CPC Raises Concern Over COOL at the House of Commons Agriculture Committee

OTTAWA, ONTARIO — (Marketwire) — 03/05/09 — Canadian Pork Council’s chair, Jurgen Preugschas and Executive Director, Martin Rice, appeared before the House of Commons Standing Committee on Agriculture and Agri-Food this morning as witnesses to the committee’s study on the Situation of the Red Meat Sector.

“Canadian hog producers continue to battle an unprecedented period of losses on their farms. While the crisis was set in motion by rapidly rising exchange rates and high feed costs, these variables have moderated. Unfortunately, they have been replaced with the global economic crisis resulting in reduced access to credit and the United States’ introduction of mandatory Country of Origin Labelling,” stated Jurgen Preugschas.

“Many producers have left hog farming. There has been a dramatic decrease in the number of farms reporting hogs over the past two years. In 2009, 13.7% fewer farms reported hogs than in 2008, and in 2008 there were 11.3% fewer than in 2007. Furthermore, there are now 28% fewer farms reporting hogs than in January 2006. Hog inventories have also decreased in January of this year by 10.2% from January of last year, and a full 18% from January 2006,” added Preugschas.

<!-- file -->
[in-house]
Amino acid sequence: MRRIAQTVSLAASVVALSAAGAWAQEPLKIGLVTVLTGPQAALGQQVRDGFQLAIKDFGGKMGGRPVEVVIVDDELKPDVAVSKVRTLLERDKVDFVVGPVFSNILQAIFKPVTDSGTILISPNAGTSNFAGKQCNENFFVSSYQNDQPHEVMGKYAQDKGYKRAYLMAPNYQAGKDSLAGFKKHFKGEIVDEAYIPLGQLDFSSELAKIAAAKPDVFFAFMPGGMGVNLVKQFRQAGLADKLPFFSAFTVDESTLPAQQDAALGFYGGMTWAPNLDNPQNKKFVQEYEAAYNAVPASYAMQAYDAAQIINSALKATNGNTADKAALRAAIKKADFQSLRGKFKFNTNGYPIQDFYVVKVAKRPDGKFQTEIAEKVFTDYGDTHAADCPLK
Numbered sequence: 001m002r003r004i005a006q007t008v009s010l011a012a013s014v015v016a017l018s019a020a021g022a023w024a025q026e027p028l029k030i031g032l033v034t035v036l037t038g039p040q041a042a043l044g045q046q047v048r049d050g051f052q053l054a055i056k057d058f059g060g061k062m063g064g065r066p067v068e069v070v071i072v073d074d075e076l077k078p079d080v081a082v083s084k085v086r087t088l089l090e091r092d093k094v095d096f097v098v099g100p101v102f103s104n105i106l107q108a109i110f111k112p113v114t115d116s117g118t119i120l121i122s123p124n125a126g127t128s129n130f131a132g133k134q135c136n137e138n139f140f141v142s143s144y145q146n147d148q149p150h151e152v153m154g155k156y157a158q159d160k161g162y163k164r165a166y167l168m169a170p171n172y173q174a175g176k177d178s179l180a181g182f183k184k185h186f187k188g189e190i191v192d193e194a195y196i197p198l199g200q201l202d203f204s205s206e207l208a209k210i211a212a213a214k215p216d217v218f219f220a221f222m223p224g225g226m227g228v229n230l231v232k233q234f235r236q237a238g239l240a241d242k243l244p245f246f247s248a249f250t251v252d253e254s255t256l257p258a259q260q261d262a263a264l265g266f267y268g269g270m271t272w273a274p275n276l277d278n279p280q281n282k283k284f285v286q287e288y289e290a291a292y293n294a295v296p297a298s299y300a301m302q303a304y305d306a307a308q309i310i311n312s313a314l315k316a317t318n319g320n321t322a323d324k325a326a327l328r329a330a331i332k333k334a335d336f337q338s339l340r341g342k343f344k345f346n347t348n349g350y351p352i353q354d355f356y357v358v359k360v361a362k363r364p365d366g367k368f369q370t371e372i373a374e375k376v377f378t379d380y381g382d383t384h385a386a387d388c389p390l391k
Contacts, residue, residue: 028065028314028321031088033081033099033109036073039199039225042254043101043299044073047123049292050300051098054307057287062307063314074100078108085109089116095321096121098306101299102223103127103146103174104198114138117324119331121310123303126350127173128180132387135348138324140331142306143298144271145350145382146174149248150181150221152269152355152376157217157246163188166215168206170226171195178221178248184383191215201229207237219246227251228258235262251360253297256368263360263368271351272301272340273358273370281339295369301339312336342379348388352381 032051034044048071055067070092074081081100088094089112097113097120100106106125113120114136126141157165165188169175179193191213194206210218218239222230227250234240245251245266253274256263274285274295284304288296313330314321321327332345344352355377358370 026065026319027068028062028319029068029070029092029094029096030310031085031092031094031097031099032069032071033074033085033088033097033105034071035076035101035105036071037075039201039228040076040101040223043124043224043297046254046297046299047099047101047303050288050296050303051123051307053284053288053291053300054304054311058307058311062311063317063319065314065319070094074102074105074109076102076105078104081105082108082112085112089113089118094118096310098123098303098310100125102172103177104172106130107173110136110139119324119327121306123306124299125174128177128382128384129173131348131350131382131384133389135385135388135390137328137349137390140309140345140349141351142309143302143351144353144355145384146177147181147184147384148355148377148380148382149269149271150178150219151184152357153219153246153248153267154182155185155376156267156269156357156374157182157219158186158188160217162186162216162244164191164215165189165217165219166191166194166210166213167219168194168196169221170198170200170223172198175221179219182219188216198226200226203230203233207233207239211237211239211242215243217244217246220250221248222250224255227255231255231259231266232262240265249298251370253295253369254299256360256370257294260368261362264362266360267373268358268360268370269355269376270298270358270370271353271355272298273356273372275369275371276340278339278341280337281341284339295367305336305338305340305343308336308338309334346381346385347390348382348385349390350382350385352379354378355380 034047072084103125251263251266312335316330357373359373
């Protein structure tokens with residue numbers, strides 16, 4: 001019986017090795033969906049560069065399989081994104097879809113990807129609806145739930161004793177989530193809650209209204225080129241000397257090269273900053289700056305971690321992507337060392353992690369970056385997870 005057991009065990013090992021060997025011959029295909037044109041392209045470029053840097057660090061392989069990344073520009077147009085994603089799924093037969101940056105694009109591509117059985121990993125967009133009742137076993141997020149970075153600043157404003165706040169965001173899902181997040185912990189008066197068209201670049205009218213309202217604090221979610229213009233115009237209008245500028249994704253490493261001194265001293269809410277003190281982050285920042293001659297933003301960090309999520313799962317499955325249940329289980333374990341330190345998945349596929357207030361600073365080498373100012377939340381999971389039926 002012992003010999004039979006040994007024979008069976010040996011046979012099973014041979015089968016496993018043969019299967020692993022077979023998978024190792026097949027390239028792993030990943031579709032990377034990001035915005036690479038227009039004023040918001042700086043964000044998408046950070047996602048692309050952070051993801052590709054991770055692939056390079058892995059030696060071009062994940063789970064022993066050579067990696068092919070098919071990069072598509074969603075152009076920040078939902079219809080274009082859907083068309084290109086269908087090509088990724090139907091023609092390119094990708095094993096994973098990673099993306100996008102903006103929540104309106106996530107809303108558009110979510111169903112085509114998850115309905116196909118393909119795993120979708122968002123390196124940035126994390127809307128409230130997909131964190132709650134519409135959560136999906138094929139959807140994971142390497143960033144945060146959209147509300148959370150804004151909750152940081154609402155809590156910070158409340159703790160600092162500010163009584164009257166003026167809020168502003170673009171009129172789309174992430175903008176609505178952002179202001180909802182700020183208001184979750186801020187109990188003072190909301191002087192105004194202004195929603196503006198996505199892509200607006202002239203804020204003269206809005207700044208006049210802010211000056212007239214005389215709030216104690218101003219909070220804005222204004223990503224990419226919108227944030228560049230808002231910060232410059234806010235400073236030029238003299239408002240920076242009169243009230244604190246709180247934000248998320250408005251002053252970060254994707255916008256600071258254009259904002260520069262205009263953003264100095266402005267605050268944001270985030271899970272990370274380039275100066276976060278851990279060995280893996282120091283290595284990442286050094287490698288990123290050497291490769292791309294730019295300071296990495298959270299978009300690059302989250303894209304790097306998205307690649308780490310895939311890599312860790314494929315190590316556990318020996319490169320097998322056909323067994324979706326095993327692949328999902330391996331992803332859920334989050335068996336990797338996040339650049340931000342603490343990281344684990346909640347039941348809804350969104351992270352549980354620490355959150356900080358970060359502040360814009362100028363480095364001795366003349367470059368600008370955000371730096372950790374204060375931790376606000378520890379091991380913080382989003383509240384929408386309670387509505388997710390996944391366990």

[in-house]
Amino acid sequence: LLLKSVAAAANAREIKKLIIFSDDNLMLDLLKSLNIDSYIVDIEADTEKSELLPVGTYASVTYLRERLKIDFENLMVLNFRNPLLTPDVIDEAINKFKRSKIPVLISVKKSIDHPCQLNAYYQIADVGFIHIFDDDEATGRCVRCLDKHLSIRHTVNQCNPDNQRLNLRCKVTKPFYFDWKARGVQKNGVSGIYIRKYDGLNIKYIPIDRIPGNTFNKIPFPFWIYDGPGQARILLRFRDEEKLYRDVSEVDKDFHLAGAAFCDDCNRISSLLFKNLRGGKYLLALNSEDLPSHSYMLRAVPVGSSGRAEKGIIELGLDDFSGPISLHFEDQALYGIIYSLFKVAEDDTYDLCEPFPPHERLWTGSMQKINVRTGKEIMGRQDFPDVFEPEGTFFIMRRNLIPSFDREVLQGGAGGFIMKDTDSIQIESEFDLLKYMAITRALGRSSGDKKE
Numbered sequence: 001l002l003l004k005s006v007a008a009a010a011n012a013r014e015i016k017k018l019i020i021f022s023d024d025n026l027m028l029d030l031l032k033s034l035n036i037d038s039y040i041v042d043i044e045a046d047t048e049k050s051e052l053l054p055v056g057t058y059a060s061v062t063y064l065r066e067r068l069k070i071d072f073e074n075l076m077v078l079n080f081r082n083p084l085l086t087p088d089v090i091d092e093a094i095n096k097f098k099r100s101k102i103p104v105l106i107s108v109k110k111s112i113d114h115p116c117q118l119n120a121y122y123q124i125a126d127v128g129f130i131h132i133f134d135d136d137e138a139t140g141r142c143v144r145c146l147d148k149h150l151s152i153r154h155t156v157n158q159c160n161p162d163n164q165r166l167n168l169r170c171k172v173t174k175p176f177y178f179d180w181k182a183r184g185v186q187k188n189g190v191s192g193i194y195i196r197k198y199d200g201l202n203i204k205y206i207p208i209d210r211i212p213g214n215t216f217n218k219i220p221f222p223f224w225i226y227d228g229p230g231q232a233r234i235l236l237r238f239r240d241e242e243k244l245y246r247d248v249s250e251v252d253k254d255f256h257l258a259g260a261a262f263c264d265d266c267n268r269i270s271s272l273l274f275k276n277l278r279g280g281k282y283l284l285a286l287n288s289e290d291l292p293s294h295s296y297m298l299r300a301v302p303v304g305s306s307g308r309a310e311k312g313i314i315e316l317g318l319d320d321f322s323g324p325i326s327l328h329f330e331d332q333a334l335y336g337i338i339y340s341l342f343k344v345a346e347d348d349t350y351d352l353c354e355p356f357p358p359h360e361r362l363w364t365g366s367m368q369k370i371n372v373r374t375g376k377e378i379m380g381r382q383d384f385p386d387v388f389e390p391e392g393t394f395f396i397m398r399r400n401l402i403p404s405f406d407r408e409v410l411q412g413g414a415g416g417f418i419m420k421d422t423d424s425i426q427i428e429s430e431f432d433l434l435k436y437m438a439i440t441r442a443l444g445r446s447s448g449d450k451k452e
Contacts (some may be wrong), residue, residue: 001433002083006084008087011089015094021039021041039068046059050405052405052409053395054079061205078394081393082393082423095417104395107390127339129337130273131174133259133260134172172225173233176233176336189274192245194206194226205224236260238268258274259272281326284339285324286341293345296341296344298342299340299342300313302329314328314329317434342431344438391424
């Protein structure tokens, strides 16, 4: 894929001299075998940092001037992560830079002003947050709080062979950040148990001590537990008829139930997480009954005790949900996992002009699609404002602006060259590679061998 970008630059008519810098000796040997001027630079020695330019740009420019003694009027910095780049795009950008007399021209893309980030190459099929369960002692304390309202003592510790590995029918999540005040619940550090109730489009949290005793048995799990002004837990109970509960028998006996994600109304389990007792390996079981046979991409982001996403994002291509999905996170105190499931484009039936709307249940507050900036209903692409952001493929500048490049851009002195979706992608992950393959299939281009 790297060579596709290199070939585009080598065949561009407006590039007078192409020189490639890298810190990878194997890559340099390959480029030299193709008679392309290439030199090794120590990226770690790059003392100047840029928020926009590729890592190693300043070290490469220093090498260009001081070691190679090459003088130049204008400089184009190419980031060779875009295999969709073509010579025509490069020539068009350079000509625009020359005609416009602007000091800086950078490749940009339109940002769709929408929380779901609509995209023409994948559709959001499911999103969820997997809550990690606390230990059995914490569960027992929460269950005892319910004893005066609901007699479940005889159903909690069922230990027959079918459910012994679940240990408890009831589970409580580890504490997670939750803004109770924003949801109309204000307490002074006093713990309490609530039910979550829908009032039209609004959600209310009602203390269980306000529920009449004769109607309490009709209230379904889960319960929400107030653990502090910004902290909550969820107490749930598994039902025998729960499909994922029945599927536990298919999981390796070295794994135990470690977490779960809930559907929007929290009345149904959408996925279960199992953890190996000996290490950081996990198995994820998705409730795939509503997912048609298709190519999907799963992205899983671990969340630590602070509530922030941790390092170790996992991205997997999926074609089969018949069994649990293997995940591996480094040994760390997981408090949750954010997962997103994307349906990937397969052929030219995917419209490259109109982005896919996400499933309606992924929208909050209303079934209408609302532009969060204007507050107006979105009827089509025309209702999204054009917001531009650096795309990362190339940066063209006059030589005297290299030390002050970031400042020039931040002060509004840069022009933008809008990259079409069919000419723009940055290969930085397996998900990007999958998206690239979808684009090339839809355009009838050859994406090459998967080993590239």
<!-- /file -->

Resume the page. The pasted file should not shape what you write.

The Canadian Pork Council representatives wanted to remind the committee that while they are trying to remain optimistic about the long term potential for the Canadian hog sector, it is increasingly difficult to be prepared for and manage the shocks that continue to hit the hog sector. The most recent, and most pressing, is COOL. “The Canadian government must communicate our concerns regarding the voluntary labelling regime to the White House as soon as possible, before U.S. processors are forced to make business decisions which will have market closing effects on Canadian hog and pork exports. In addition, detrimental impacts on hundreds of U.S. hog farmers who depend upon Canada for their feeder pigs and on many U.S. processors who rely on Canadian hogs and pork will also be felt,” said Martin Rice.

Jurgen Preugschas will be available to the media at 1:00 pm following the Canadian Pork Council’s presentation.

The Canadian Pork Council (CPC) is a member-driven, not for profit national producer association committed to Canadian competitiveness in the global market. It is the collective voice of Canada’s hog producers – an effective advocate on a broad range of public policy issues that has a direct impact on Canadian pork production. Through its network of provincial member associations, productive relationships with government departments and agencies, and key international contacts, the CPC responds quickly and effectively to capitalize on opportunities to enhance prosperity for its producers and the industry.

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